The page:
‘This has to be an ongoing movement’: Student-athletes protest systemic racism


CW / Keely Brewer

Senior offensive lineman Chris Owens and many other student-athletes at The University of Alabama are tired of being tired. 

“People who look like me are fed up,” Owens tweeted on Wednesday, August 26, three days after Kenosha police shot Jacob Blake, a 29 year-old Black man, in the back several times. “As a country, we should all be tired of history constantly repeating itself. We are sick and tired of the same thing over and over and over again with no one being held accountable for their actions.”

Monday afternoon, student-athletes organized a march against social injustice and police brutality. The march started at Mal M. Moore Athletic Facility and concluded with a program outside of Foster Auditorium, the site of former governor George Wallace’s infamous “Stand in the Schoolhouse Door.”

Alabama football coach Nick Saban led the march, followed by athletes representing almost every UA sport, and delivered the opening remarks at Foster Auditorium. 

“Today, I’m like a proud parent,” Saban said. “I’m proud of our team, I’m proud of our messengers over here and I’m very proud of the message. Sports have always created a platform to create social change. For each of us involved in sports, I think we have a responsibility and obligation to do that in a responsible way and use our platform in a positive way.”

Both Saban and Alabama athletic director Greg Byrne said that they have learned a lot from their respective players and acknowledged that they do not get to see the world through the same perspective as them.

“Over the last few months, with the social unrest, I have learned through talking with our student-athletes, my colleagues and many others, there are things I’ve never had to think about,” Byrne said. “I never had to talk to my boys or worry about them getting followed by security when they go shopping. I never thought it could be dangerous when they go out for a jog.”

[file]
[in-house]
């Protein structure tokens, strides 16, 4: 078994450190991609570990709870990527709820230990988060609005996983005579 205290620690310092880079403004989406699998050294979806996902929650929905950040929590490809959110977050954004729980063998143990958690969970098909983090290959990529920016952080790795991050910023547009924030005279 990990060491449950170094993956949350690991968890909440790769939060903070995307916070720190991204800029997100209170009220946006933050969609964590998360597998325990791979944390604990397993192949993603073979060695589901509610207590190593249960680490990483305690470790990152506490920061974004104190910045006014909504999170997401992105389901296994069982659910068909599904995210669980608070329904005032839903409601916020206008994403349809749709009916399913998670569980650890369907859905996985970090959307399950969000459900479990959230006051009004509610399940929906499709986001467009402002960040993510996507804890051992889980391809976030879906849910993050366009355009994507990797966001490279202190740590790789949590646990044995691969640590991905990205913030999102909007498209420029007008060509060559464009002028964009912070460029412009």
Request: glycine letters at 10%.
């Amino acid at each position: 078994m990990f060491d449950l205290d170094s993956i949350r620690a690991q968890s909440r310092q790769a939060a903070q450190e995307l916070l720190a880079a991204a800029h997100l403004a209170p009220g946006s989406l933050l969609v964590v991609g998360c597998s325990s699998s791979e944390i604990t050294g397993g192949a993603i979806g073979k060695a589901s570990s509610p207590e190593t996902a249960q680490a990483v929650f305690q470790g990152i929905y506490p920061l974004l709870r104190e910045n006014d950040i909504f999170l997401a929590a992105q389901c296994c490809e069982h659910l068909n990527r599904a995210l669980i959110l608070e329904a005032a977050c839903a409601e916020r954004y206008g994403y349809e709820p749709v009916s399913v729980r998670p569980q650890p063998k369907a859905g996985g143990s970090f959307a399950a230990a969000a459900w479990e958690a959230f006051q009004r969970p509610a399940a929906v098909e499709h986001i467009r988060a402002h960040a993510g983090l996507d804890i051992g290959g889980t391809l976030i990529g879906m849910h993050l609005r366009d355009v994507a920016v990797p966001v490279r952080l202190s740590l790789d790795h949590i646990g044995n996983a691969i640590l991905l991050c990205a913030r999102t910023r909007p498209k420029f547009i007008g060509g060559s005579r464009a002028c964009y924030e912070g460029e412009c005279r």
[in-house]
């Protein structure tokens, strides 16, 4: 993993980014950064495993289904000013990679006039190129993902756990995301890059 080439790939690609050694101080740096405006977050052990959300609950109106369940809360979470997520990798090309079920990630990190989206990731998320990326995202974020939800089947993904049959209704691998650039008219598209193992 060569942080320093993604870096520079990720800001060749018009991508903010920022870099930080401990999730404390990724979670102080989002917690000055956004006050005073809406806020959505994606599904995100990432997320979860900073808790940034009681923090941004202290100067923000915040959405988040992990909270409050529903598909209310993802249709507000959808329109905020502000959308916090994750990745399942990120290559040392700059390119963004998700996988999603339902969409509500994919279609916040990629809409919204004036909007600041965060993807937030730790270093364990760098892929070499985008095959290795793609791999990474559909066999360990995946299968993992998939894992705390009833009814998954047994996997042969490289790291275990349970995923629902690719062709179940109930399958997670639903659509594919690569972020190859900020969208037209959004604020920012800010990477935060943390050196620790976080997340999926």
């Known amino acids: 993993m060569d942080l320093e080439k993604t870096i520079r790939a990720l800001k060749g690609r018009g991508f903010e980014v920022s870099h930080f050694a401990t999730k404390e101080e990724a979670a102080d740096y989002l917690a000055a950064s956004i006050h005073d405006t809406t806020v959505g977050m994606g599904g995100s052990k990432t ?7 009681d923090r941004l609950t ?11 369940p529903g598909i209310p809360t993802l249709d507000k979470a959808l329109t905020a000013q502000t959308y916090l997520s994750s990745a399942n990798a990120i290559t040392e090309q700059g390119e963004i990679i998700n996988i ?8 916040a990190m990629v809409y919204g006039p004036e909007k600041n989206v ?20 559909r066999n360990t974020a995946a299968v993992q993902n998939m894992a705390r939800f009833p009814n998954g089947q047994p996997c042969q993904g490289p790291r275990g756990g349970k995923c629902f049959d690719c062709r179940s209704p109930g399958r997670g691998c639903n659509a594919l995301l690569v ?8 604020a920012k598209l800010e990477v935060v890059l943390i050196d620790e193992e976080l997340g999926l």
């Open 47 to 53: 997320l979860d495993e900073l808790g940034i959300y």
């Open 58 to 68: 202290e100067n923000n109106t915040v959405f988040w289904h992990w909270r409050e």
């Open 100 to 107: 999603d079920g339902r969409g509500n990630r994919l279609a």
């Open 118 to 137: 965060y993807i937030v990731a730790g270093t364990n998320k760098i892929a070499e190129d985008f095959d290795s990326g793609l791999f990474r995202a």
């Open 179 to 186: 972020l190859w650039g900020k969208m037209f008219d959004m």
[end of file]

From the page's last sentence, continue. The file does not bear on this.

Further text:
Senior running back Najee Harris was the first of three players who took to the podium to explain why the student-athletes decided to march. 

“The past few months have brought a greater focus to issues that have been prevalent in society for years,” Harris said. “Black men and women have been victims of racism in many different ways through police brutality and hate crimes.” 

Harris called for change and retraining of law enforcement, change in communities as a whole and change in the hearts of all people who do not align themselves with the Black Lives Matter movement. He emphasized that the movement cannot die until the Black community sees real change happen. 

“While many things have changed over the last 57 years, too many things have not,”  Harris said. 

The idea of the march began to form after the video of police shooting and seriously injuring Blake was released. Players of the NBA, MLB and other professional organizations boycotted their games late last week and focused their time to advocate for social justice. Players from Alabama football such as Owens took to social media last week to shed light on the systemic oppression of Black people. On Monday, Owens spoke at Foster Auditorium and echoed the message from his social media platform.

“As Black people, there are cultural norms that we have to learn to stay safe in society,” Owens said. “Keep your hands on the steering wheel, always keep your receipt when you purchase something. Why can’t we be equal?”

The message of equality came from all of the speakers at the demonstration, but the vice president of diversity, equity and inclusion, G. Christine Taylor said that the only way to make it happen is to vote. 

“The policies that have led to the experiences we have had are set by those who are our elected officials,” Taylor said. “If you want to see change, the first thing you gotta do is get out and vote.” 

Redshirt sophomore linebacker, Jarez Parks became visibly shaken and as he reached the end of his speech. He took a pause and wiped the tears from his face.

“My life has been in a constant fear of being and knowing that no matter how educated, how intelligent or how skilled I am that my skin can be a perception changer,” Parks said. “We don’t want revenge, we just want fairness and equality, which is something we can all achieve by togetherness.”